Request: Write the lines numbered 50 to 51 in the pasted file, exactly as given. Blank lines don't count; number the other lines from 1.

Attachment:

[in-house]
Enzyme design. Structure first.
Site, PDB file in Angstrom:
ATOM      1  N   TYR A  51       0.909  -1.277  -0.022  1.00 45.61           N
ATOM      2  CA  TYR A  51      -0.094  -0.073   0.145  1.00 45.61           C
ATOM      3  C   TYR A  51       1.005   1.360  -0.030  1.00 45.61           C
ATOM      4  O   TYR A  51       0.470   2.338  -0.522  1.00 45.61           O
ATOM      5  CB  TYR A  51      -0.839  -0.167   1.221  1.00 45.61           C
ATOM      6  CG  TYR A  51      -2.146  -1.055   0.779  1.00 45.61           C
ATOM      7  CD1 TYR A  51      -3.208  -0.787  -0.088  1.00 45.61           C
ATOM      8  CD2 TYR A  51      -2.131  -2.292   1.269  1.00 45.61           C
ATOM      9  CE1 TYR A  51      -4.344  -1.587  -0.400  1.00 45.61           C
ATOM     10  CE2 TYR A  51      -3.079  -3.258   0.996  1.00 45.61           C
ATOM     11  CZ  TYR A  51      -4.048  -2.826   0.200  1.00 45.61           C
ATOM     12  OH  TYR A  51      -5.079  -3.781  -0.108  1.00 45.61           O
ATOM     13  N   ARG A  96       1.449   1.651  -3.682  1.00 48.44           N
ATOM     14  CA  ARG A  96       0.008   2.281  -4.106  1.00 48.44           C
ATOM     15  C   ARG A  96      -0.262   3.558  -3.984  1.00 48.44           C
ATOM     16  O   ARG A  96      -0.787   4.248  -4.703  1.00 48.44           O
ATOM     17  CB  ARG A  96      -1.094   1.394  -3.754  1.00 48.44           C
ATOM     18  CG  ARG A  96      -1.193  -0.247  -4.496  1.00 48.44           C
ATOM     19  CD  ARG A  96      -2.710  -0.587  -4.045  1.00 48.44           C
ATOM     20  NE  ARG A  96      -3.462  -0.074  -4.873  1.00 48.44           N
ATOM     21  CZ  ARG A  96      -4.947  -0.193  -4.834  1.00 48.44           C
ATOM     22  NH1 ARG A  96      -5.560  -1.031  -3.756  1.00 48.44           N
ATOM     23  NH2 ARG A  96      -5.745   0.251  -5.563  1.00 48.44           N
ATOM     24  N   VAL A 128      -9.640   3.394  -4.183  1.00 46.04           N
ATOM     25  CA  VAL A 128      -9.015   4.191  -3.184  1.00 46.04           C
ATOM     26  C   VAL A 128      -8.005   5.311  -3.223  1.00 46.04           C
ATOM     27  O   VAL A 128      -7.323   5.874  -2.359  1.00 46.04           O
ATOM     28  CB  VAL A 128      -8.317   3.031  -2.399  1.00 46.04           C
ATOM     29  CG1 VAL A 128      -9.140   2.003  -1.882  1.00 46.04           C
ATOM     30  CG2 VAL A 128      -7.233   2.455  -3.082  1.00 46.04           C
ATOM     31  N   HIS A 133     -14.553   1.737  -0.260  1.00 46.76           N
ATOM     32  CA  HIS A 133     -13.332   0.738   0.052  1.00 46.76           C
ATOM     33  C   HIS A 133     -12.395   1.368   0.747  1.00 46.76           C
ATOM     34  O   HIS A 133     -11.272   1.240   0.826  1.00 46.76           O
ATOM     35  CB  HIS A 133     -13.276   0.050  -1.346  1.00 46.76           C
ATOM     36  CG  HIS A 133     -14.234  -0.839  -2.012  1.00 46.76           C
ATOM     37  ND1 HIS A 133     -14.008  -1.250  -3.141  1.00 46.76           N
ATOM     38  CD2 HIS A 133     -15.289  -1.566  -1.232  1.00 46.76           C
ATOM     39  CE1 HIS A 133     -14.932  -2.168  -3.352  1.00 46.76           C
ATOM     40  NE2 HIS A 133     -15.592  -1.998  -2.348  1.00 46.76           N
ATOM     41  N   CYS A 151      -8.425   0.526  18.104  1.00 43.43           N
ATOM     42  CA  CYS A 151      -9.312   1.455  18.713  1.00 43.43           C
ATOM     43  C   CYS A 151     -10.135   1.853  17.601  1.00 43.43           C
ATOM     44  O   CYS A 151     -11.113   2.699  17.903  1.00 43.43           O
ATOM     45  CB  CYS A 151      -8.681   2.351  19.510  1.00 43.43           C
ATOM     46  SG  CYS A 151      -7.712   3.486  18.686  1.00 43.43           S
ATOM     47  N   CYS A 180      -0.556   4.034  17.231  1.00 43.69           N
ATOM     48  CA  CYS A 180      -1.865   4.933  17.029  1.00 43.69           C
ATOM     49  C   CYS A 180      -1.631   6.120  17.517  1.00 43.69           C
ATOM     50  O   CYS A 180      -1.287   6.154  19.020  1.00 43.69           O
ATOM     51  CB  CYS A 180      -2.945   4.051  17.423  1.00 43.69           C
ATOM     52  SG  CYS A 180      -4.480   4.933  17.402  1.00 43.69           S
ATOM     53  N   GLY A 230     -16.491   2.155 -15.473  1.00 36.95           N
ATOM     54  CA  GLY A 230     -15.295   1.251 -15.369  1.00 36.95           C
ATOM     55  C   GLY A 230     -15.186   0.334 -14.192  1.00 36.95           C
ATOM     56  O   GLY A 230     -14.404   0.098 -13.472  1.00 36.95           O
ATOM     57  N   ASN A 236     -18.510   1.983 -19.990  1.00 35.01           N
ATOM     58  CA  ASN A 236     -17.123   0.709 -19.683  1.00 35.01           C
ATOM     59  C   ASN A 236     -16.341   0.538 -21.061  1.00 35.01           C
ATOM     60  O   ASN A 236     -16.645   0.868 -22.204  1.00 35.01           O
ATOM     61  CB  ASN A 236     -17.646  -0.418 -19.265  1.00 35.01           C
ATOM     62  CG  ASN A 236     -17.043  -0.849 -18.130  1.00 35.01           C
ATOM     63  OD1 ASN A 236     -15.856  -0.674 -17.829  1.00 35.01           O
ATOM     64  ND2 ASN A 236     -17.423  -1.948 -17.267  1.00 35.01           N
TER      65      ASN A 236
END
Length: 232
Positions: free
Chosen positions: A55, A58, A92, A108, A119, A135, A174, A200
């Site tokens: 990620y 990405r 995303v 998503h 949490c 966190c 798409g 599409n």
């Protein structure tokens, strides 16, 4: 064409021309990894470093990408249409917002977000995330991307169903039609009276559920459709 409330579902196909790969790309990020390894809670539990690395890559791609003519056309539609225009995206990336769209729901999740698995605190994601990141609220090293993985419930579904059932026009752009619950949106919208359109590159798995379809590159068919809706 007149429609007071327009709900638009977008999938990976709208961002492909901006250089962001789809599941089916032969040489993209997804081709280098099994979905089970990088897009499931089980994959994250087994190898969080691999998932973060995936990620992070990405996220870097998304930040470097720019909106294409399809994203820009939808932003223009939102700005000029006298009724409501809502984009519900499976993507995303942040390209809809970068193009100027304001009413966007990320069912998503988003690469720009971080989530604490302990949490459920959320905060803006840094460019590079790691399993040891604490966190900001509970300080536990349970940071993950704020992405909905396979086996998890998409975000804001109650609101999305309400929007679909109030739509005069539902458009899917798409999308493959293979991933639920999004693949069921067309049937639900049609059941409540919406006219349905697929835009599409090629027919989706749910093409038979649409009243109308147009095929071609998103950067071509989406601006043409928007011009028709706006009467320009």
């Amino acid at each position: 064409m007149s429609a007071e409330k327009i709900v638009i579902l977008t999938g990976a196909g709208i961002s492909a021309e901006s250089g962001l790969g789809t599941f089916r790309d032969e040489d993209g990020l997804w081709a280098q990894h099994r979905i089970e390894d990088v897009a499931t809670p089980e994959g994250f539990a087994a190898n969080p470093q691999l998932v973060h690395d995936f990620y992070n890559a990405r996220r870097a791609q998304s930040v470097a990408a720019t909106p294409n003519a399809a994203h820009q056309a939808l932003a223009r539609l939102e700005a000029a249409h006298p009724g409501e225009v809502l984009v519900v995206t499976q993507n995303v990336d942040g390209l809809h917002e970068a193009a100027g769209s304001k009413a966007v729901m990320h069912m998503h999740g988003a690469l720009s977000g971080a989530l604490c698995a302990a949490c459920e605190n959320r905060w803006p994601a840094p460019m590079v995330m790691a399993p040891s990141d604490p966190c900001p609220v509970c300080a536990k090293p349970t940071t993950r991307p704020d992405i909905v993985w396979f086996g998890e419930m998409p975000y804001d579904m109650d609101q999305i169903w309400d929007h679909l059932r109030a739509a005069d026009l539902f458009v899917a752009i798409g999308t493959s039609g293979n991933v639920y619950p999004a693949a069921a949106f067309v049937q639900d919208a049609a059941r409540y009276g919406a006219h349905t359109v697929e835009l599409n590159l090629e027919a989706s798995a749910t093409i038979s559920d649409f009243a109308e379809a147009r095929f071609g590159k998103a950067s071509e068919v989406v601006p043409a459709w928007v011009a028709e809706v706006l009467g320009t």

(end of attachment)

ATOM     47  N   CYS A 180      -0.556   4.034  17.231  1.00 43.69           N
ATOM     48  CA  CYS A 180      -1.865   4.933  17.029  1.00 43.69           C